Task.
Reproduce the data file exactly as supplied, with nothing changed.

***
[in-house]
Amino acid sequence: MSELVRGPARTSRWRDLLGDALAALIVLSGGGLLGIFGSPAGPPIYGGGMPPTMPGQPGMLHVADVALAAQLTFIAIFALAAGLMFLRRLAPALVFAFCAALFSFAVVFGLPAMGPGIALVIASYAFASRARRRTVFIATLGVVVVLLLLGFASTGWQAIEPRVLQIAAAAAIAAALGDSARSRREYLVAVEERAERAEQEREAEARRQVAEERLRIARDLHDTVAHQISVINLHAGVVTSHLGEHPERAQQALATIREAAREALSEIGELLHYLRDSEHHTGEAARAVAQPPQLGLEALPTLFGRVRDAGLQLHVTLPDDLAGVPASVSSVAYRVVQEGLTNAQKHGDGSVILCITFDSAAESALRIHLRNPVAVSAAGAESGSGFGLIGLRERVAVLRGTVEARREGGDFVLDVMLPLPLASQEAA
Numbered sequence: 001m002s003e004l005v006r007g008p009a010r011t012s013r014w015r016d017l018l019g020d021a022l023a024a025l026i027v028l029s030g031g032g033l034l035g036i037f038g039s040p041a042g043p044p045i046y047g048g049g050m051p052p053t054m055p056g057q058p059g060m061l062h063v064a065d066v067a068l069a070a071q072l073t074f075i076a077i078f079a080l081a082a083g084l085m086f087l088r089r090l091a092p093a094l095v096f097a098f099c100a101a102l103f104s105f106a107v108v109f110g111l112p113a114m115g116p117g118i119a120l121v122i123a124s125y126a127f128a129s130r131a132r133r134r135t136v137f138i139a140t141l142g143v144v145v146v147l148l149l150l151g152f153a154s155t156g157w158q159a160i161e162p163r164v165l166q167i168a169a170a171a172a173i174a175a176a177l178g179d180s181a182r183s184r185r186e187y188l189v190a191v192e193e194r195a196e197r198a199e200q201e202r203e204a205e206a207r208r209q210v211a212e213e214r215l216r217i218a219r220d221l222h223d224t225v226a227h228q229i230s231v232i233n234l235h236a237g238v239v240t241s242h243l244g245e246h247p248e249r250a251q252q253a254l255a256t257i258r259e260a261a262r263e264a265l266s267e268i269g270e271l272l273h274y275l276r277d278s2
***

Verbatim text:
[in-house]
Amino acid sequence: MSELVRGPARTSRWRDLLGDALAALIVLSGGGLLGIFGSPAGPPIYGGGMPPTMPGQPGMLHVADVALAAQLTFIAIFALAAGLMFLRRLAPALVFAFCAALFSFAVVFGLPAMGPGIALVIASYAFASRARRRTVFIATLGVVVVLLLLGFASTGWQAIEPRVLQIAAAAAIAAALGDSARSRREYLVAVEERAERAEQEREAEARRQVAEERLRIARDLHDTVAHQISVINLHAGVVTSHLGEHPERAQQALATIREAAREALSEIGELLHYLRDSEHHTGEAARAVAQPPQLGLEALPTLFGRVRDAGLQLHVTLPDDLAGVPASVSSVAYRVVQEGLTNAQKHGDGSVILCITFDSAAESALRIHLRNPVAVSAAGAESGSGFGLIGLRERVAVLRGTVEARREGGDFVLDVMLPLPLASQEAA
Numbered sequence: 001m002s003e004l005v006r007g008p009a010r011t012s013r014w015r016d017l018l019g020d021a022l023a024a025l026i027v028l029s030g031g032g033l034l035g036i037f038g039s040p041a042g043p044p045i046y047g048g049g050m051p052p053t054m055p056g057q058p059g060m061l062h063v064a065d066v067a068l069a070a071q072l073t074f075i076a077i078f079a080l081a082a083g084l085m086f087l088r089r090l091a092p093a094l095v096f097a098f099c100a101a102l103f104s105f106a107v108v109f110g111l112p113a114m115g116p117g118i119a120l121v122i123a124s125y126a127f128a129s130r131a132r133r134r135t136v137f138i139a140t141l142g143v144v145v146v147l148l149l150l151g152f153a154s155t156g157w158q159a160i161e162p163r164v165l166q167i168a169a170a171a172a173i174a175a176a177l178g179d180s181a182r183s184r185r186e187y188l189v190a191v192e193e194r195a196e197r198a199e200q201e202r203e204a205e206a207r208r209q210v211a212e213e214r215l216r217i218a219r220d221l222h223d224t225v226a227h228q229i230s231v232i233n234l235h236a237g238v239v240t241s242h243l244g245e246h247p248e249r250a251q252q253a254l255a256t257i258r259e260a261a262r263e264a265l266s267e268i269g270e271l272l273h274y275l276r277d278s2